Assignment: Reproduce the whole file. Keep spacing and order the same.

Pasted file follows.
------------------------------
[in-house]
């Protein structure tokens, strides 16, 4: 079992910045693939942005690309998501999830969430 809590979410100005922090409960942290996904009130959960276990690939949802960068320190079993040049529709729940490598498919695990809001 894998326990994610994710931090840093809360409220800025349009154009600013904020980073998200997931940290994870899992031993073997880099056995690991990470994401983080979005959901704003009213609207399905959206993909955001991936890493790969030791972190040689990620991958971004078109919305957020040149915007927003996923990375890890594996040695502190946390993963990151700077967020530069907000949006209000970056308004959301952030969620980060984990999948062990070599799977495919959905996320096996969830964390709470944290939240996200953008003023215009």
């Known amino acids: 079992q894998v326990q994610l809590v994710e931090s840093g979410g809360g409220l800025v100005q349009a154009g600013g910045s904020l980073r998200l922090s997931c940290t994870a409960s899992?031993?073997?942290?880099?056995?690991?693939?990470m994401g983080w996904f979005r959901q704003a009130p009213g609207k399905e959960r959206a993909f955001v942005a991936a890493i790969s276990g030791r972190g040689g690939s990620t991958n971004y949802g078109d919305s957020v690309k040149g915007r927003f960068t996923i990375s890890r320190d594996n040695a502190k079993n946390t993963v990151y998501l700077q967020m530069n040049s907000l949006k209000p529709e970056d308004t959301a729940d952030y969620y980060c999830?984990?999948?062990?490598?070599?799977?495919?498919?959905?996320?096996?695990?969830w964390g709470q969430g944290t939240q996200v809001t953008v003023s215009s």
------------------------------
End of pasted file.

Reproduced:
[in-house]
């Protein structure tokens, strides 16, 4: 079992910045693939942005690309998501999830969430 809590979410100005922090409960942290996904009130959960276990690939949802960068320190079993040049529709729940490598498919695990809001 894998326990994610994710931090840093809360409220800025349009154009600013904020980073998200997931940290994870899992031993073997880099056995690991990470994401983080979005959901704003009213609207399905959206993909955001991936890493790969030791972190040689990620991958971004078109919305957020040149915007927003996923990375890890594996040695502190946390993963990151700077967020530069907000949006209000970056308004959301952030969620980060984990999948062990070599799977495919959905996320096996969830964390709470944290939240996200953008003023215009």
């Known amino acids: 079992q894998v326990q994610l809590v994710e931090s840093g979410g809360g409220l800025v100005q349009a154009g600013g910045s904020l980073r998200l922090s997931c940290t994870a409960s899992?031993?073997?942290?880099?056995?690991?693939?990470m994401g983080w996904f979005r959901q704003a009130p009213g609207k399905e959960r959206a993909f955001v942005a991936a890493i790969s276990g030791r972190g040689g690939s990620t991958n971004y949802g078109d919305s957020v690309k040149g915007r927003f960068t996923i990375s890890r320190d594996n040695a502190k079993n946390t993963v990151y998501l700077q967020m530069n040049s907000l949006k209000p529709e970056d308004t959301a729940d952030y969620y980060c999830?984990?999948?062990?490598?070599?799977?495919?498919?959905?996320?096996?695990?969830w964390g709470q969430g944290t939240q996200v809001t953008v003023s215009s």